The 5 Value Unit bill
8.1  7.2 cm x 15 cm
With a purchasing power right now approximating $11.20, the 5 Value Unit bill is your new slightly heavier $10 bill. [5-23-13: 5 hypothetical Value Units have about the same purchasing power as $12.90]
 
The 10 Value Unit bill
8.1  7.4 cm x 15.2 cm
With a purchasing power right now approximating $22.40 , the 10 Value Unit bill is your new slightly heavier $20 bill. [5-23-13: 10 hypothetical Value Units have about the same purchasing power as $25.80]

The 20 Value Unit bill
8.1  7.6 cm x 15.4 cm
With a purchasing power right now approximating $44.80 , the 20 Value Unit bill is like having two slightly heavier $20 bills.  [5-23-13: 20 hypothetical Value Units have about the same purchasing power as $51.60]

The 50 Value Unit bill
8.1  7.8 cm x 15.6 cm
With a purchasing power right now approximating $112 , the 50 Value Unit bill is like having a heavy $100 bill.  [5-23-13: 50 hypothetical Value Units have about the same purchasing power as $129.00]

The 100 Value Unit bill
8.1  8 cm x 15.8 cm
With a purchasing power right now approximating $224 , the 100 Value Unit bill is like having two heavy $100 bills. [5-23-13: 100 hypothetical Value Units have about the same purchasing power as $258.00]

The 500 Value Unit bill
8.1  8.2 cm x 16 cm
With a purchasing power right now approximating $1,120 , this is your new slightly heavy $1,000 bill. [5-23-13: 500 hypothetical Value Units have about the same purchasing power as $1,290.00]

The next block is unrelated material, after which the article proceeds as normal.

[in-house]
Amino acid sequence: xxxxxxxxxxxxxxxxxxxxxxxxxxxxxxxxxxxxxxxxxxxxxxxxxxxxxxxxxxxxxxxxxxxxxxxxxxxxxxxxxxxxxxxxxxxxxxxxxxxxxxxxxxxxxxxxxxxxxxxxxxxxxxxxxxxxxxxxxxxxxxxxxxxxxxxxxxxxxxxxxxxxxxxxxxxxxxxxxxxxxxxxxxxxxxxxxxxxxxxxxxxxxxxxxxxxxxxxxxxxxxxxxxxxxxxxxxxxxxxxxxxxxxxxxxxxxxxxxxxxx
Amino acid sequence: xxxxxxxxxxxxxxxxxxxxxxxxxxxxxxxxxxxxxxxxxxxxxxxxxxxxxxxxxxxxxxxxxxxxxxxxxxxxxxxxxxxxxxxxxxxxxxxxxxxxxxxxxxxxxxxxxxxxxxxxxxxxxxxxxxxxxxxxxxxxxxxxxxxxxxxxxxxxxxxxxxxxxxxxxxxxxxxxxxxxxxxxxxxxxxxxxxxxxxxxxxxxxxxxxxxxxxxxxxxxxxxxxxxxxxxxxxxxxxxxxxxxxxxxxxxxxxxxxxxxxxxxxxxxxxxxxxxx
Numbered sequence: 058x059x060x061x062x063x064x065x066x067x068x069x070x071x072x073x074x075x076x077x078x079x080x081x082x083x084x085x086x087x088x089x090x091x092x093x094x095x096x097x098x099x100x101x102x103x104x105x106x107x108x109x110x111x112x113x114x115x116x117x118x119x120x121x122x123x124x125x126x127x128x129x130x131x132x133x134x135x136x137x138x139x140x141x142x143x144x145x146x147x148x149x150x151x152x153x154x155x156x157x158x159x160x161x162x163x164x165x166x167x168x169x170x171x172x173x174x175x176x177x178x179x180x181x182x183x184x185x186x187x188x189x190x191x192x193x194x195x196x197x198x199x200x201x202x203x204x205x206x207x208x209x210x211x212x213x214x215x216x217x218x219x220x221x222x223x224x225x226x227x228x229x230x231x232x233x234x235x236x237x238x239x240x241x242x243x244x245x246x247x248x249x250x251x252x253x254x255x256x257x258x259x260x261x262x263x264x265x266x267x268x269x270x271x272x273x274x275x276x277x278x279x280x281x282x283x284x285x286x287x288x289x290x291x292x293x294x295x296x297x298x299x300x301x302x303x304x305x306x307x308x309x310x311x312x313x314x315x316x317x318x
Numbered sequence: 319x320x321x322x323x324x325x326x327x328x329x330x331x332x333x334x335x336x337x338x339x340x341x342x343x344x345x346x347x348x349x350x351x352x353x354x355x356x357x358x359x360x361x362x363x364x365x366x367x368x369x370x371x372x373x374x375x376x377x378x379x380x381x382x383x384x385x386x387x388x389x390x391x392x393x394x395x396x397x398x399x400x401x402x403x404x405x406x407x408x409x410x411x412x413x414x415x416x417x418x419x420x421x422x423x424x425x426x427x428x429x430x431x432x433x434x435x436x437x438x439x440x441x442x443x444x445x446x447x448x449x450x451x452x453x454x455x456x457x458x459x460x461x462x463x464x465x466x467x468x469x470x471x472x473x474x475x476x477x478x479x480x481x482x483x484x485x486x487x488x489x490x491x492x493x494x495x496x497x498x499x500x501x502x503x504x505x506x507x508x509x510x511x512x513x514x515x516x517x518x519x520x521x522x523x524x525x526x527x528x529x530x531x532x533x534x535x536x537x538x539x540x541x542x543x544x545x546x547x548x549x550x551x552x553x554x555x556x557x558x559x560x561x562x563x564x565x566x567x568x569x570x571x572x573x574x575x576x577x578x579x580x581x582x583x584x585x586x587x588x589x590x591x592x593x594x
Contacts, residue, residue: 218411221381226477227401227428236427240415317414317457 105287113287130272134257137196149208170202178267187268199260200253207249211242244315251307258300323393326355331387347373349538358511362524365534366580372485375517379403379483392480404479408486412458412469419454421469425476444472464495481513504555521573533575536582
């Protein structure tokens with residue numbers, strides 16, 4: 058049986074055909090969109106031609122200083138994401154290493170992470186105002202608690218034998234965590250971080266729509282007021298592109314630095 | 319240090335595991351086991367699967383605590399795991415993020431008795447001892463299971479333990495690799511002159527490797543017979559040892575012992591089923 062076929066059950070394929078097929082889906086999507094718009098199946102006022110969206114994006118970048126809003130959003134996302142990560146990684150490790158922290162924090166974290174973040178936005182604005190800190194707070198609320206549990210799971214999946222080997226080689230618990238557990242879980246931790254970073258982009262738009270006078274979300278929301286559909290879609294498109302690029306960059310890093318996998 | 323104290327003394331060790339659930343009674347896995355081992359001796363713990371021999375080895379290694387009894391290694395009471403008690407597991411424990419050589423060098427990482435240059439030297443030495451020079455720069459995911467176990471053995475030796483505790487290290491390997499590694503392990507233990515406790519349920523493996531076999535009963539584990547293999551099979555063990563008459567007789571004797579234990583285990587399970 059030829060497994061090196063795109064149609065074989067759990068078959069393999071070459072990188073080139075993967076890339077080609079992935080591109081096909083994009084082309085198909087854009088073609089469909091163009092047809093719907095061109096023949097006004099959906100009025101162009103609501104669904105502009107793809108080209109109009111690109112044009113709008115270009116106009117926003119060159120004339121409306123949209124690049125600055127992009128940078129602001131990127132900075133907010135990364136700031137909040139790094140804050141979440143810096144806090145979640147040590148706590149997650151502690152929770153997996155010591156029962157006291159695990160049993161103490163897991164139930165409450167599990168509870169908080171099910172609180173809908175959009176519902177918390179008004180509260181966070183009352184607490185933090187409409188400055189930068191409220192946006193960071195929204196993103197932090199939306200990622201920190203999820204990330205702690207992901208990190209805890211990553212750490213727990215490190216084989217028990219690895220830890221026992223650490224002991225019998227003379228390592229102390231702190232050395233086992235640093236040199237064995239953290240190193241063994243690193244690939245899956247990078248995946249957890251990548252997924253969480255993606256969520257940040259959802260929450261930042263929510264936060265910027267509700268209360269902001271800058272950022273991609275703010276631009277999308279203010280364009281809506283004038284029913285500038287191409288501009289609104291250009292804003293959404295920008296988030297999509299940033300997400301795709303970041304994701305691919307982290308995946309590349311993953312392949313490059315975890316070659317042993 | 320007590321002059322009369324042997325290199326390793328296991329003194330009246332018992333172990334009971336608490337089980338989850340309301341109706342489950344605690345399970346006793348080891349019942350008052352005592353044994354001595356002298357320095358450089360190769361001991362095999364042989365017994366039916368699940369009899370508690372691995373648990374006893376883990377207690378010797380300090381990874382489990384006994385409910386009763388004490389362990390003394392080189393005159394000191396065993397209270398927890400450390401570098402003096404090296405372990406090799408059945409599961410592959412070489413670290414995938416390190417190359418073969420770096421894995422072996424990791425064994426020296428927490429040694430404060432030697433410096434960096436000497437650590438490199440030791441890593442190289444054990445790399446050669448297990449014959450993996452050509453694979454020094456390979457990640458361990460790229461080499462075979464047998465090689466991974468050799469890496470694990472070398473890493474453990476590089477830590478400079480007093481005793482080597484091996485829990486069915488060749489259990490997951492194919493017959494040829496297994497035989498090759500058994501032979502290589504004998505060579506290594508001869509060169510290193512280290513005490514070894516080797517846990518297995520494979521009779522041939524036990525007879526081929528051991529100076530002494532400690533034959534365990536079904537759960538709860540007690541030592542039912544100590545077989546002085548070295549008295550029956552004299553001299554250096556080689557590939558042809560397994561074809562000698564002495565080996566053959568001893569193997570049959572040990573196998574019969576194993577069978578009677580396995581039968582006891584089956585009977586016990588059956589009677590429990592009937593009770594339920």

The 1,000 Value Unit bill
[There is currently no note in this design series]

With a purchasing power right now approximating $2,240 , this is your new heavier $2,000 bill. [5-23-13: 1,000 hypothetical Value Units have about the same purchasing power as $2,580.00]

Coins

E. C. Riegel proposed that coins should only be issued whee there were items for sale that were cheap enough to justify them. We'd also prefer these to be distinguishable by feel rather than by metal content. Each coin should have an identifiable size and weight. If they were all made of the same durable metal, they would last a good long time. Stamped surgical steel would be adequate. So what are the values associated with each of the probable coins and what should they be like?

VU .50 or 50/100 coin up to 14.175 grams = 1/2 oz.
VU .25 or 25/100 coin 7.0874 grams = 1/4 oz.
VU .10 or 10/100 coin 3.5437 grams = 1/8 oz.
VU .05 or 5/100 coin 3 grams
VU .01 or penny 2.5 grams

Each coin would be so distinguishable by feel (dimensions) and weight that you could instantly tell what they are in your pocket or purse without any trouble at all.

Current approximate theoretical values for these would be:

VU .50 or 50/100 coin $1.12 [5-23-13: $1.29] Your new dollar coin.
VU .25 or 25/100 coin 56 cents [5-23-13: $ .645]
VU .10 or 10/100 coin 22 cents [5-23-13: $ .258]
VU .05 or 5/100 coin 11 cents [5-23-13: $ .129]
VU .01 or penny 2.2 cents [5-23-13: $ .0258]

It would be a good idea to have these coins designed to operate well in vending machines, as each carries more value, and will, than other coins used as tokens of trade.

David Burton